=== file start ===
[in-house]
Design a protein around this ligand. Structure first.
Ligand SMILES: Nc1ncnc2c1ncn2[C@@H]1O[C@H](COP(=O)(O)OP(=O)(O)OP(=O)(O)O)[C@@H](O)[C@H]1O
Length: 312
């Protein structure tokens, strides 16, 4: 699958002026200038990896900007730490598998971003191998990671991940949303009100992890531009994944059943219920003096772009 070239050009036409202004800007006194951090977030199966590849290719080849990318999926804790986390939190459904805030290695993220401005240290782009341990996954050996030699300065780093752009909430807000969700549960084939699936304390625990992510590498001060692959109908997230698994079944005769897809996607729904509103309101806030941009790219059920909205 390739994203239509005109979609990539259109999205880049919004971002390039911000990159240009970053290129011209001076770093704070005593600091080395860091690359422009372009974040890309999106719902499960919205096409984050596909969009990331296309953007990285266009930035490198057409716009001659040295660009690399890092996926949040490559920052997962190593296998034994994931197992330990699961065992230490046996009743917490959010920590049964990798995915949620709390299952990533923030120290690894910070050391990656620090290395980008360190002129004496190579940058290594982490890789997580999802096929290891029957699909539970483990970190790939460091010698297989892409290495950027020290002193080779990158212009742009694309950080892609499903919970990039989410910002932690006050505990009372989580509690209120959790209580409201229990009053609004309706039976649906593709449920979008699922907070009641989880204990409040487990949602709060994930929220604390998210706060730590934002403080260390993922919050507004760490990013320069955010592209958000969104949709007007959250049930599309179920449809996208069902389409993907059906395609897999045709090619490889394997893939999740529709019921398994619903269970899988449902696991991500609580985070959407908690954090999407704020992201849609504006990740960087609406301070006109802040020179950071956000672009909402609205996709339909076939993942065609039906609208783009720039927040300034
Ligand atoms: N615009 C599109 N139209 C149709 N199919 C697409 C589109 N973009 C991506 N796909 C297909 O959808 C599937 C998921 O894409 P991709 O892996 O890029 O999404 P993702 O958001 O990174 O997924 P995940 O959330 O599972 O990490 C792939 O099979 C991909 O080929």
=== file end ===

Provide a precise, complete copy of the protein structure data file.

[in-house]
Design a protein around this ligand. Structure first.
Ligand SMILES: Nc1ncnc2c1ncn2[C@@H]1O[C@H](COP(=O)(O)OP(=O)(O)OP(=O)(O)O)[C@@H](O)[C@H]1O
Length: 312
């Protein structure tokens, strides 16, 4: 699958002026200038990896900007730490598998971003191998990671991940949303009100992890531009994944059943219920003096772009 070239050009036409202004800007006194951090977030199966590849290719080849990318999926804790986390939190459904805030290695993220401005240290782009341990996954050996030699300065780093752009909430807000969700549960084939699936304390625990992510590498001060692959109908997230698994079944005769897809996607729904509103309101806030941009790219059920909205 390739994203239509005109979609990539259109999205880049919004971002390039911000990159240009970053290129011209001076770093704070005593600091080395860091690359422009372009974040890309999106719902499960919205096409984050596909969009990331296309953007990285266009930035490198057409716009001659040295660009690399890092996926949040490559920052997962190593296998034994994931197992330990699961065992230490046996009743917490959010920590049964990798995915949620709390299952990533923030120290690894910070050391990656620090290395980008360190002129004496190579940058290594982490890789997580999802096929290891029957699909539970483990970190790939460091010698297989892409290495950027020290002193080779990158212009742009694309950080892609499903919970990039989410910002932690006050505990009372989580509690209120959790209580409201229990009053609004309706039976649906593709449920979008699922907070009641989880204990409040487990949602709060994930929220604390998210706060730590934002403080260390993922919050507004760490990013320069955010592209958000969104949709007007959250049930599309179920449809996208069902389409993907059906395609897999045709090619490889394997893939999740529709019921398994619903269970899988449902696991991500609580985070959407908690954090999407704020992201849609504006990740960087609406301070006109802040020179950071956000672009909402609205996709339909076939993942065609039906609208783009720039927040300034
Ligand atoms: N615009 C599109 N139209 C149709 N199919 C697409 C589109 N973009 C991506 N796909 C297909 O959808 C599937 C998921 O894409 P991709 O892996 O890029 O999404 P993702 O958001 O990174 O997924 P995940 O959330 O599972 O990490 C792939 O099979 C991909 O080929």